Other observations:  The building going on downtown is striking — there’s so much of it and it’s so beautiful.  I stayed in the St. Lawrence/Distillery neighborhood and walked pretty much everywhere, as far as Spadina and Little Italy.  Lots of green spaces, friendly people.  I noticed a lot of smokers everywhere, almost as much as in Paris, which surprised me.  And the odor of pot was especially prevalent around ACC.

And my streak continues.  Once again in a foreign country (or in any city I’m visiting, even in the US), I was asked for directions.  On multiple occasions.  I do not understand it.  I mean, I was able to answer because they were asking for a specific landmark or street that I knew, but what about my face or posture says, “Hey, she knows where you need to go?”  Because, seriously, I have a horrendous sense of direction.

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Observations from Indian Wells Tennis Garden

 

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The view from the parking lot at IWTG.  Literally.

It has been a few years (3 maybe?) since I’ve gone to the tournament at Indian Wells.  Skipped because moving, then for Paris, and then because I had hockey tickets for a back to back that weekend.  So I missed all of the development that has gone on.  And there has been a lot, thank you, Larry Ellison.

First, Stadium 2 with its restaurants – Nobu, a steak/chops place, and an Italian/brick oven pizza place.  Each morning over the weekend, there would be a line of people to get in, because the seats are all good and the line up was excellent.  [Rafa Nadal and Fernando Verdasco played the Bryan brothers Saturday evening, and you can be sure that people staked out seats WAY earlier that the “no earlier than” start time.  Monfils, Mugaruza, a bunch of other good matches played there.]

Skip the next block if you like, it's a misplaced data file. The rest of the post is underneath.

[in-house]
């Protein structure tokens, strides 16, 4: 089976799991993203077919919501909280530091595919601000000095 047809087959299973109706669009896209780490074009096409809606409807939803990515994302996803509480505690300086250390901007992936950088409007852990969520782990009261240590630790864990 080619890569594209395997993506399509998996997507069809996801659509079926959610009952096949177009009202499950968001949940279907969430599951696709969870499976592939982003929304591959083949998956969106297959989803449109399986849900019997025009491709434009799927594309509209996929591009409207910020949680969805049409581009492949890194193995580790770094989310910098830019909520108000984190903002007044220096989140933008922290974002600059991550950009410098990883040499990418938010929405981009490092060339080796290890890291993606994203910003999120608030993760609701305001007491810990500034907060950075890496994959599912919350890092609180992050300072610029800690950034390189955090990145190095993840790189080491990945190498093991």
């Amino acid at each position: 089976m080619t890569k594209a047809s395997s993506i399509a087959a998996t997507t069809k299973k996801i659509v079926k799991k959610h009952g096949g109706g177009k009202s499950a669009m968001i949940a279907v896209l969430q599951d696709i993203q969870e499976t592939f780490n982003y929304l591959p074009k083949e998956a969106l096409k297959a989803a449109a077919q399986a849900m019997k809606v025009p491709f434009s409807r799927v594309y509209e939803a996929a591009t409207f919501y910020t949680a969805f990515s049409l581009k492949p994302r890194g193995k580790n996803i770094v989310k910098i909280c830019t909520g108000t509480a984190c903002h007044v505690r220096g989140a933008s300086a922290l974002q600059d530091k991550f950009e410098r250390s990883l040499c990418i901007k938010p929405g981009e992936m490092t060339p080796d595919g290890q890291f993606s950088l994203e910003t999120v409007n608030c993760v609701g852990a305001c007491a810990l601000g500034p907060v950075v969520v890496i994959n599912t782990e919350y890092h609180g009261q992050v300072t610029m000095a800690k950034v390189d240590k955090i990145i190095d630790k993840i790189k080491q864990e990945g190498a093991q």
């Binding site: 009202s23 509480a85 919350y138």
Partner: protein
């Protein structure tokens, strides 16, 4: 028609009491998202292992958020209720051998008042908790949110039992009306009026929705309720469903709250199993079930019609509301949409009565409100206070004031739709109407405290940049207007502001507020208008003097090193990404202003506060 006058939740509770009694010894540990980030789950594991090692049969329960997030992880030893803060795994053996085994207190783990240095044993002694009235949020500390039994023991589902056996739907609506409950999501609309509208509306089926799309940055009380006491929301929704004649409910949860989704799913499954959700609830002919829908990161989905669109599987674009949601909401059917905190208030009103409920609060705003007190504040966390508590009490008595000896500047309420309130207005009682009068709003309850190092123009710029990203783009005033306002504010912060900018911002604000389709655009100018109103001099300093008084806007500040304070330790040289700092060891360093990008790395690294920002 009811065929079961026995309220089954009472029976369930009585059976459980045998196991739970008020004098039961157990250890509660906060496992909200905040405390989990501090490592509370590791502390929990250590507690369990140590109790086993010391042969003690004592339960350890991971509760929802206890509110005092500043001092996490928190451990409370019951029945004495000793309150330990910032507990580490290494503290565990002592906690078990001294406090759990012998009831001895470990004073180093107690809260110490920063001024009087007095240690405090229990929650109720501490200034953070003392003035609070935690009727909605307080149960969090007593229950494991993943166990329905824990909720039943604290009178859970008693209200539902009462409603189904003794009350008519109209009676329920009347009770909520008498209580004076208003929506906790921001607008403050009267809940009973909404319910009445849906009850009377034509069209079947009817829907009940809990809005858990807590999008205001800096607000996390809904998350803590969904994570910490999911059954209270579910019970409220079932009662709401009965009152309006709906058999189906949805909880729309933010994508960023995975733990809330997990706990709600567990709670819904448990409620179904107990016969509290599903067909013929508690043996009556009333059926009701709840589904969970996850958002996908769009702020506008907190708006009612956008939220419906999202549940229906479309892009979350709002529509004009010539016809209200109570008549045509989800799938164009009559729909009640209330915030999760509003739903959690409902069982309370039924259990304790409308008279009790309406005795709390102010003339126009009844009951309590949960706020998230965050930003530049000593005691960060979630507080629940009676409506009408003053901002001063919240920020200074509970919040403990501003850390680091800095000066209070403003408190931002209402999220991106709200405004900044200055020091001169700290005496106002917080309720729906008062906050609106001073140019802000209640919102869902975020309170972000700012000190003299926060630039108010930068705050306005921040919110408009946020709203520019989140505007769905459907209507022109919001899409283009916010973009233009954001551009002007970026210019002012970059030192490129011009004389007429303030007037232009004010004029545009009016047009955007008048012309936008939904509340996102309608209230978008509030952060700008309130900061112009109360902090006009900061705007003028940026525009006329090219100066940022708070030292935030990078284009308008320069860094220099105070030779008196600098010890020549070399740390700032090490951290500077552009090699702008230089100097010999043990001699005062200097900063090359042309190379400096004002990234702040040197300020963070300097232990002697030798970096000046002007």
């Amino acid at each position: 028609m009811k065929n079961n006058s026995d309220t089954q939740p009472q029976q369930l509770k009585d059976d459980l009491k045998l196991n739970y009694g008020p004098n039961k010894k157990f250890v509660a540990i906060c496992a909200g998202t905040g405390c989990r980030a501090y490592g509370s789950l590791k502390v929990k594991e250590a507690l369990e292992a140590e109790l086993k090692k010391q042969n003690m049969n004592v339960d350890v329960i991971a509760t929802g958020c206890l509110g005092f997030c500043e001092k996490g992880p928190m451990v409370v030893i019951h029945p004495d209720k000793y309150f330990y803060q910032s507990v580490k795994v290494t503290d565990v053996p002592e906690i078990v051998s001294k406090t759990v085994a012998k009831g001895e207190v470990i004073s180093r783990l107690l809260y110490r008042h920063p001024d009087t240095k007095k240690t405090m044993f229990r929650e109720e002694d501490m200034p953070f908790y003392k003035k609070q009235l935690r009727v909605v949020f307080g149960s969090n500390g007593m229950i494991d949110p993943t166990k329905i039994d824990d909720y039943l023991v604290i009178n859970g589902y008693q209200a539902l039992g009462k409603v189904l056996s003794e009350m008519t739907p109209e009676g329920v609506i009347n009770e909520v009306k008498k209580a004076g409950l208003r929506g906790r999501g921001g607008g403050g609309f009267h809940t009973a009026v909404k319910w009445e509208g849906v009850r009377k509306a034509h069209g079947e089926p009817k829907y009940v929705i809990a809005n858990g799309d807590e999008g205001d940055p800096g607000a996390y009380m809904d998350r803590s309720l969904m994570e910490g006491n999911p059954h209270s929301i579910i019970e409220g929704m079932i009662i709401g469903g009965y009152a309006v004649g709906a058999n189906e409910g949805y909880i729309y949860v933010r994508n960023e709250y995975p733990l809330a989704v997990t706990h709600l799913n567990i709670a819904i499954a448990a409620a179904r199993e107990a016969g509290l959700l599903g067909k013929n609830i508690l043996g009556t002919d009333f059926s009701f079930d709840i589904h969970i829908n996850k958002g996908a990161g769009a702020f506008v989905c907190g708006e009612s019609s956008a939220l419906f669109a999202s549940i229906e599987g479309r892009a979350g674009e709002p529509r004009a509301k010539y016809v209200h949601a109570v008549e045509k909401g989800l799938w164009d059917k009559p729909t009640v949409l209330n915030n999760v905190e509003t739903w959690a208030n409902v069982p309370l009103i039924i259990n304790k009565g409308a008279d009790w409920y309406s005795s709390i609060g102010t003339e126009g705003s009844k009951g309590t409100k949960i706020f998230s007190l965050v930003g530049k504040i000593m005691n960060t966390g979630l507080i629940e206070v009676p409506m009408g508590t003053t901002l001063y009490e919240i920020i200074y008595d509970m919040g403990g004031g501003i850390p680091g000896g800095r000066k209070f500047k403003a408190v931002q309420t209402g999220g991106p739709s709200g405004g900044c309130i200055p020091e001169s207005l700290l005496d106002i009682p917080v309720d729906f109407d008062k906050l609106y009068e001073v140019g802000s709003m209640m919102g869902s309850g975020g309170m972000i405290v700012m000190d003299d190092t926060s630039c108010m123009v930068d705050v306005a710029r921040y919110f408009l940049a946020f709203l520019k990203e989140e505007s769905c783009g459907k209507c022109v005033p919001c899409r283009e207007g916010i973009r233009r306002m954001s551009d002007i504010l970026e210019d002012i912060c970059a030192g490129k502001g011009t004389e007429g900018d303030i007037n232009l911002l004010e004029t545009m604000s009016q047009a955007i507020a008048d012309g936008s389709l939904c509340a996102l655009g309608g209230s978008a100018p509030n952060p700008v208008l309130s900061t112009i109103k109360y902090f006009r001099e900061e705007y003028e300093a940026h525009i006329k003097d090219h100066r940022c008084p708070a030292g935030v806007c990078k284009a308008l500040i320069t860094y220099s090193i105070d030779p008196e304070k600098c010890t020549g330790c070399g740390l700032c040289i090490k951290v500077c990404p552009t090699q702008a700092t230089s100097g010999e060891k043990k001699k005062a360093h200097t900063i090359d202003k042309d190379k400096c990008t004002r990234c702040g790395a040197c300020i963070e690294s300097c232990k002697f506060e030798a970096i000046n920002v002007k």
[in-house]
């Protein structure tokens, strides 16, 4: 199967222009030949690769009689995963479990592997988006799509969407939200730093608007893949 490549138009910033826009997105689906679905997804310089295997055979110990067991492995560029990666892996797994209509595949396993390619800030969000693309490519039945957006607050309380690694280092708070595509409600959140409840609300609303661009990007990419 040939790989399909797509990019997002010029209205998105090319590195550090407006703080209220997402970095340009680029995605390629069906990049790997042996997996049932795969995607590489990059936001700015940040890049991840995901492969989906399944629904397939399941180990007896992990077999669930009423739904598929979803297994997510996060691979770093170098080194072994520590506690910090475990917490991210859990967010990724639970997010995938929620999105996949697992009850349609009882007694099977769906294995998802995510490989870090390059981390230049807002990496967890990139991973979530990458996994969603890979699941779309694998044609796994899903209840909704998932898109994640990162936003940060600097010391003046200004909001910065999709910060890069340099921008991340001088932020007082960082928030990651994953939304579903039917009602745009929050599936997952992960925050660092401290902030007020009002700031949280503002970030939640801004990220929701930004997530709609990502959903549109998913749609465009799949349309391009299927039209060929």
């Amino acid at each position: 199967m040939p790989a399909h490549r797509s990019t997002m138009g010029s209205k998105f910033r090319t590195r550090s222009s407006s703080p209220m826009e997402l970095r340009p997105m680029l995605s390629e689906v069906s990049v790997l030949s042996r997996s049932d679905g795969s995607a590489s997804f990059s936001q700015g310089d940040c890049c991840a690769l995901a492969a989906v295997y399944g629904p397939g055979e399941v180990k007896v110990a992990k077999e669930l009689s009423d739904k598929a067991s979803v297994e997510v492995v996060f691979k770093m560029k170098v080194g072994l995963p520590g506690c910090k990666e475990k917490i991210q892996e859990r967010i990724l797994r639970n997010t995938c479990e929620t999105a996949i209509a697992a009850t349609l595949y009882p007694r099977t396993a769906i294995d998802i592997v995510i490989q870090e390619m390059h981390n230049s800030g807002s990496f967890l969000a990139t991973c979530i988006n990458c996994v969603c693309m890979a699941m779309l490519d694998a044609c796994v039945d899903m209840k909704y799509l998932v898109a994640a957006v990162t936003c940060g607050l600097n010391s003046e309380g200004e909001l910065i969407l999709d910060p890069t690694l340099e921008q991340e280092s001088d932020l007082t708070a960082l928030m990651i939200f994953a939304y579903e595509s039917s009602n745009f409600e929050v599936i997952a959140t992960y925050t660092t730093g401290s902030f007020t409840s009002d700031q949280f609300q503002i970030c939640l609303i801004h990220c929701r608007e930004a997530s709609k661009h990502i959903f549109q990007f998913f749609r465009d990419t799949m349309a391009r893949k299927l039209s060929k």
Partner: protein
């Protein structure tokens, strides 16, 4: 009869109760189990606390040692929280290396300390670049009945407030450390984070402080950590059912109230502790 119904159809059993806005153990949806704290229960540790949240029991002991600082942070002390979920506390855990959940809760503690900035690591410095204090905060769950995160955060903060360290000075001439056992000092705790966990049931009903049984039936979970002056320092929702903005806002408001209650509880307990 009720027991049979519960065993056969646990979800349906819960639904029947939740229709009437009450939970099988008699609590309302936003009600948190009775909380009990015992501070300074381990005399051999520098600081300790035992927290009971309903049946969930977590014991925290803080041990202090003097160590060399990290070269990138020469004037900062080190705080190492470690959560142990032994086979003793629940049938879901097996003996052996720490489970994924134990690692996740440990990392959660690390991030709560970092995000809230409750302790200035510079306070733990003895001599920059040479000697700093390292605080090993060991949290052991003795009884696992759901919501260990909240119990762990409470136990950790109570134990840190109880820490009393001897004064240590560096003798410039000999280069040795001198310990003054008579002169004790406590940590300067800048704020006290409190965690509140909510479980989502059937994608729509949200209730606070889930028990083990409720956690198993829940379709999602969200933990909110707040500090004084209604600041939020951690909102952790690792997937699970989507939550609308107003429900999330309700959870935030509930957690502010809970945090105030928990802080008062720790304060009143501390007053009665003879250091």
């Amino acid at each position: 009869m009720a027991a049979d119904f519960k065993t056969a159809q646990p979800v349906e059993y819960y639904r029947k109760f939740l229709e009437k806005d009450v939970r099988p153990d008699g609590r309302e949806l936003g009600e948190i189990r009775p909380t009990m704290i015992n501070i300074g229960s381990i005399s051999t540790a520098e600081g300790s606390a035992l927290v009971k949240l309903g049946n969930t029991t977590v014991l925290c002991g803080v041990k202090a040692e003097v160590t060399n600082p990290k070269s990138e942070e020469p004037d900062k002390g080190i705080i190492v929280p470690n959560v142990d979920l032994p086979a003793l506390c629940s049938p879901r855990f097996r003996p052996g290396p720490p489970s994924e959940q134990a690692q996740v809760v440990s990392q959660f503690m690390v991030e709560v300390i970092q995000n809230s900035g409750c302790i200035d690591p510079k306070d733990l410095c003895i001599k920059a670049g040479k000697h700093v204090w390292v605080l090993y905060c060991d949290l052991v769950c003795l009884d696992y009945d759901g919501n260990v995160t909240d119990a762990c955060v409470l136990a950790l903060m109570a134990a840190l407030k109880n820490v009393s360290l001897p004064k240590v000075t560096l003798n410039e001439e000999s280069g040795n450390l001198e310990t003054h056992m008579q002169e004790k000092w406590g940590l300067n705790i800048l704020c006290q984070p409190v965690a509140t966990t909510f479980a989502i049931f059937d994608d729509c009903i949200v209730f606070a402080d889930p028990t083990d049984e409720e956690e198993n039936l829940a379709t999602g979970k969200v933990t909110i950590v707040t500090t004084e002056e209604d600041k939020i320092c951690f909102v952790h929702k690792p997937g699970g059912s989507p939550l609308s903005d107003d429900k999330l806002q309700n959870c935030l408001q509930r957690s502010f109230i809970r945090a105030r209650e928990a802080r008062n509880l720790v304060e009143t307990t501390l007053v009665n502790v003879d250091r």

Second, the Brita water filter stations at the base of both stadiums – best thing ever, far better than the limited water fountains I’ve seen elsewhere.

Third, the sheer volume of vendors is crazy.  Last time I was there, there was a big awning with a Corona sponsored bar.  Gone is Corona; now Moet et Chandon is in that spot.  Of course, there’s a different beer tent, and a RumChata tent, etc.  And the food vendors are better than average.  Ice cream, iced lattes, deli, seafood, CaliMex, salads, it seemed like you could find anything you wanted.  [Except maybe a ladies t-shirt in a size larger than XS or S.]

Actually, IWTG is the only sporting venue I’ve ever been to where the lines out the men’s bathroom are longer than the lines out the ladies’ bathroom door.  Uniformly.  More often than not, there was no line for the ladies at all.  I don’t know if it’s because the tournament designed the buildings with more stalls for the ladies or what, but I was totally impressed.

I saw some random matches, just because.  This time around, I went out of my way to see Inigo Cervantes, a Spanish player who was completely schooled by Raonic, just because I loved his name.  And Bjorn Fratangelo, who took a set from Djokovic.  Plus Venus and Serena and Andy and Rafa.  So glad to see Juan Martin del Potro back, even if he looked a little rusty against Berdych.

Also, because I’m a dork, I was thrilled that I got to use a line from one of my favorite TV shows ever:  “It’s raining in Indian Wells.”  It did! Followed by a dust storm.

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Huddled on the upper deck of Stadium 1, waiting for the rain and wind to stop so the Venus Williams – Kurumi Nara match could resume.

Actually, the dust was more noticeable than in the past because the wind was so high the whole time.  In fact, it was so cold and windy on Sunday after the first night match that pretty much everyone left…so the scattered fans up in the Loge were invited down courtside to watch Halep’s match, which I appreciated.  Driving back that night, I was confused by the haze in the distance that I could see off other drivers’ headlights; it wasn’t until I hit the highway and saw the dust/sand drifting that I realized what it was.